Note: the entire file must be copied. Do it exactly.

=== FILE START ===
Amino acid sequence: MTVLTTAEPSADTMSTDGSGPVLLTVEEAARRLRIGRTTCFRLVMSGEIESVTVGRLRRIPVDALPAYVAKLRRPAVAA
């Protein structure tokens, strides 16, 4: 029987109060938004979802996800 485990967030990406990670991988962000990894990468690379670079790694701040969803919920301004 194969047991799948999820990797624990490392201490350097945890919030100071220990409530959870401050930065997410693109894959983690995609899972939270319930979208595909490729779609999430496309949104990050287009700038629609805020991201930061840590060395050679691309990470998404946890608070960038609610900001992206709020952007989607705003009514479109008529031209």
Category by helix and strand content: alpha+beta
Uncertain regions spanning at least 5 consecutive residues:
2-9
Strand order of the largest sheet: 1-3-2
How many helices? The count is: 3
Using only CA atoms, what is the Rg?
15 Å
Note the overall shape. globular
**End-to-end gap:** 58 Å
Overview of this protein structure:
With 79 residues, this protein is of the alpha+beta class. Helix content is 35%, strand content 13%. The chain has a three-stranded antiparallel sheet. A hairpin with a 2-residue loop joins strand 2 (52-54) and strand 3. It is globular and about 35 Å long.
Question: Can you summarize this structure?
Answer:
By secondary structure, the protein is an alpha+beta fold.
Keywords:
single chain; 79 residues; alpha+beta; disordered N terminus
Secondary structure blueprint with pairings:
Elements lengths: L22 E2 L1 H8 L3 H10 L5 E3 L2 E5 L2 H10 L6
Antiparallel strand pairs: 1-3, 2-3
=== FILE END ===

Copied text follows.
Amino acid sequence: MTVLTTAEPSADTMSTDGSGPVLLTVEEAARRLRIGRTTCFRLVMSGEIESVTVGRLRRIPVDALPAYVAKLRRPAVAA
């Protein structure tokens, strides 16, 4: 029987109060938004979802996800 485990967030990406990670991988962000990894990468690379670079790694701040969803919920301004 194969047991799948999820990797624990490392201490350097945890919030100071220990409530959870401050930065997410693109894959983690995609899972939270319930979208595909490729779609999430496309949104990050287009700038629609805020991201930061840590060395050679691309990470998404946890608070960038609610900001992206709020952007989607705003009514479109008529031209």
Category by helix and strand content: alpha+beta
Uncertain regions spanning at least 5 consecutive residues:
2-9
Strand order of the largest sheet: 1-3-2
How many helices? The count is: 3
Using only CA atoms, what is the Rg?
15 Å
Note the overall shape. globular
**End-to-end gap:** 58 Å
Overview of this protein structure:
With 79 residues, this protein is of the alpha+beta class. Helix content is 35%, strand content 13%. The chain has a three-stranded antiparallel sheet. A hairpin with a 2-residue loop joins strand 2 (52-54) and strand 3. It is globular and about 35 Å long.
Question: Can you summarize this structure?
Answer:
By secondary structure, the protein is an alpha+beta fold.
Keywords:
single chain; 79 residues; alpha+beta; disordered N terminus
Secondary structure blueprint with pairings:
Elements lengths: L22 E2 L1 H8 L3 H10 L5 E3 L2 E5 L2 H10 L6
Antiparallel strand pairs: 1-3, 2-3